People wait for trains at the Hicksville LIRR train station....

People wait for trains at the Hicksville LIRR train station. (Feb. 13, 2011) Credit: Pablo Garcia Corradi

MTA chairman Joseph Lhota Tuesday blamed a "not-in-my-backyard" mentality on Long Island for derailing the LIRR's third-track project.

The project, which would put a third track between Floral Park and Hicksville on the Long Island Rail Road's busy main line, stalled in 2008 after local opposition grew over the project's encroachment on private property.

Opposition led officials to refocus priorities on the East Side Access project and, more recently, the LIRR's second-track project between Ronkonkoma and Farmingdale. Officials have said there is no money available for a third track.

Lhota, addressing the Long Island Regional Planning Council meeting Tuesday, acknowledged that the third-track proposal was "quite controversial." The opposition, he said, had been "textbook NIMBY," but the Metropolitan Transportation Authority would continue to work with local and state legislators to advance the project.

Lhota, a Long Island native, was responding to comments from council chairman John Cameron, who described the third-track project as "critical for Long Island" in light of projected population increases. "We realize how vital it is for Long Island," Lhota said.

State Sen. Jack Martins (R-Mineola), one of several elected officials to oppose the project, could not be reached for comment. Charles Puglisi, of Bellerose Village, opposed the project in 2007 and said Tuesday he still thinks it isn't necessary.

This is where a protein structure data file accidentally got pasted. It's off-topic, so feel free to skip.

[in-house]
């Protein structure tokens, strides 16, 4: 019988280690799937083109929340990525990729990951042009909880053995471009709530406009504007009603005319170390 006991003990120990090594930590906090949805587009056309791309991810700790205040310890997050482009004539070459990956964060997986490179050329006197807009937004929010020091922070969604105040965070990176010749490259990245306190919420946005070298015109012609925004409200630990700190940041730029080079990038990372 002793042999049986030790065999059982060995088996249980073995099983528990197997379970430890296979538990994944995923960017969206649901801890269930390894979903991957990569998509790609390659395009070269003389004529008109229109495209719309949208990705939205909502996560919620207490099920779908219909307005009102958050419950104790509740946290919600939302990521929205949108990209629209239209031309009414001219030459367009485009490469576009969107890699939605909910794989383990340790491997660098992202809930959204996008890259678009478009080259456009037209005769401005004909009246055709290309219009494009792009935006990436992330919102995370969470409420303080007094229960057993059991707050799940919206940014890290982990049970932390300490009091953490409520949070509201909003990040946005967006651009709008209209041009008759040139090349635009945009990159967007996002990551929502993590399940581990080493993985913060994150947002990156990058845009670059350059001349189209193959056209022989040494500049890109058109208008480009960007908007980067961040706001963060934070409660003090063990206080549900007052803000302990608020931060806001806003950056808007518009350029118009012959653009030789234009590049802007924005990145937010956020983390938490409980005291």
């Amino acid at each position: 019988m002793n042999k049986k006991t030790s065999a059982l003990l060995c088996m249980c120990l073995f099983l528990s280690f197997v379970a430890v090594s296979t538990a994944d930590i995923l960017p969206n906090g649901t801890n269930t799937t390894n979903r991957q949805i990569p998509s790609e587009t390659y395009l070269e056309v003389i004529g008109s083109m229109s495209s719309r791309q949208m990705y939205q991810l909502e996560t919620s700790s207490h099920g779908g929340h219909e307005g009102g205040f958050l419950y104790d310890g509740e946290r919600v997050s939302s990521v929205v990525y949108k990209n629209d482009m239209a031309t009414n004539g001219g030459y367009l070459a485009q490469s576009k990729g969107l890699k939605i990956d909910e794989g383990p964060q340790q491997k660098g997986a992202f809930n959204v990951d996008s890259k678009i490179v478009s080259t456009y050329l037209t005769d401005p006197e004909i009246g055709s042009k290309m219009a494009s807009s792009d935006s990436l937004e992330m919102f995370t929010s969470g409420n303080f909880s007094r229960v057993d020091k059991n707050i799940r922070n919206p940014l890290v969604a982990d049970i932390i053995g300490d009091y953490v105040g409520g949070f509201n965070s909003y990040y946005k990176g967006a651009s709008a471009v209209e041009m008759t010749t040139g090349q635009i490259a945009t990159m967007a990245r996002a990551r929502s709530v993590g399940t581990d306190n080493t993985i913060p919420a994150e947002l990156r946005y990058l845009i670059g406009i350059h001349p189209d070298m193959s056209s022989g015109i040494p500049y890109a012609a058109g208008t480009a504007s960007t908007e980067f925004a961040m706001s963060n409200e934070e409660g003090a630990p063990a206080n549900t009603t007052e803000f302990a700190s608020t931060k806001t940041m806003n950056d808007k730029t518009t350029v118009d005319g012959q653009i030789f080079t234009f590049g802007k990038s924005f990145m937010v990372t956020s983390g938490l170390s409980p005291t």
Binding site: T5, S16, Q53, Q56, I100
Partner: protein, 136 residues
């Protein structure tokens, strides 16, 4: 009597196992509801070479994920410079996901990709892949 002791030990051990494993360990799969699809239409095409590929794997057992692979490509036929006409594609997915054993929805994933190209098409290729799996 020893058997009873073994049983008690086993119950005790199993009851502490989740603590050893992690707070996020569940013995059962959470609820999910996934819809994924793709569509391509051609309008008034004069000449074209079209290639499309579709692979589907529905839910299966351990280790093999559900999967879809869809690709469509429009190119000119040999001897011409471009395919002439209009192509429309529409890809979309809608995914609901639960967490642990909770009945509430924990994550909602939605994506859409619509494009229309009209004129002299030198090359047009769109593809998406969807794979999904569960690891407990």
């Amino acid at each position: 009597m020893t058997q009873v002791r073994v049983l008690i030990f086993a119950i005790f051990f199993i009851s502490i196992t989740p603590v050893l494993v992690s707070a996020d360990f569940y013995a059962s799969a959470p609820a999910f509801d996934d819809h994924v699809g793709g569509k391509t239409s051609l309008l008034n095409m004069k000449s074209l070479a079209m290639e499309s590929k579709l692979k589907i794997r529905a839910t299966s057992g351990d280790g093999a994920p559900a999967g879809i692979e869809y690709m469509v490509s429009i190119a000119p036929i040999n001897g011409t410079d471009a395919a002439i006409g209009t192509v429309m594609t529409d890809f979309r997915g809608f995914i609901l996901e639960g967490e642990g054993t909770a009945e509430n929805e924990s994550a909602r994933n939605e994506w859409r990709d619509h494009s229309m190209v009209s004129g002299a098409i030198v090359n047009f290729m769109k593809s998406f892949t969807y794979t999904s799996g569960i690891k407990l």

But Cameron called the third track "essential for the sustainability of our downtowns," noting community opposition now appeared to come from "just a couple of homes that are impacted."

LIRR president Helena Williams said that without a third track the railroad will never be able to adequately serve reverse-commute customers, such as young people living in Brooklyn recruited by Long Island employers.

Jeff Kraut, a senior vice president of the North Shore-Long Island Jewish Health System, said proximity of train stations to the Island's health care facilities was often the first question prospective nursing employees asked during job interviews. The hospital system is Long Island's largest employer, with 42,000 jobs, Kraut said.

While the third-track project remains stalled, Lhota gave an unequivocal endorsement for the second track, which begins design phase this month.

"I'm not here to take credit for the double track -- plenty of others are doing that -- I'm here to build it," he said.

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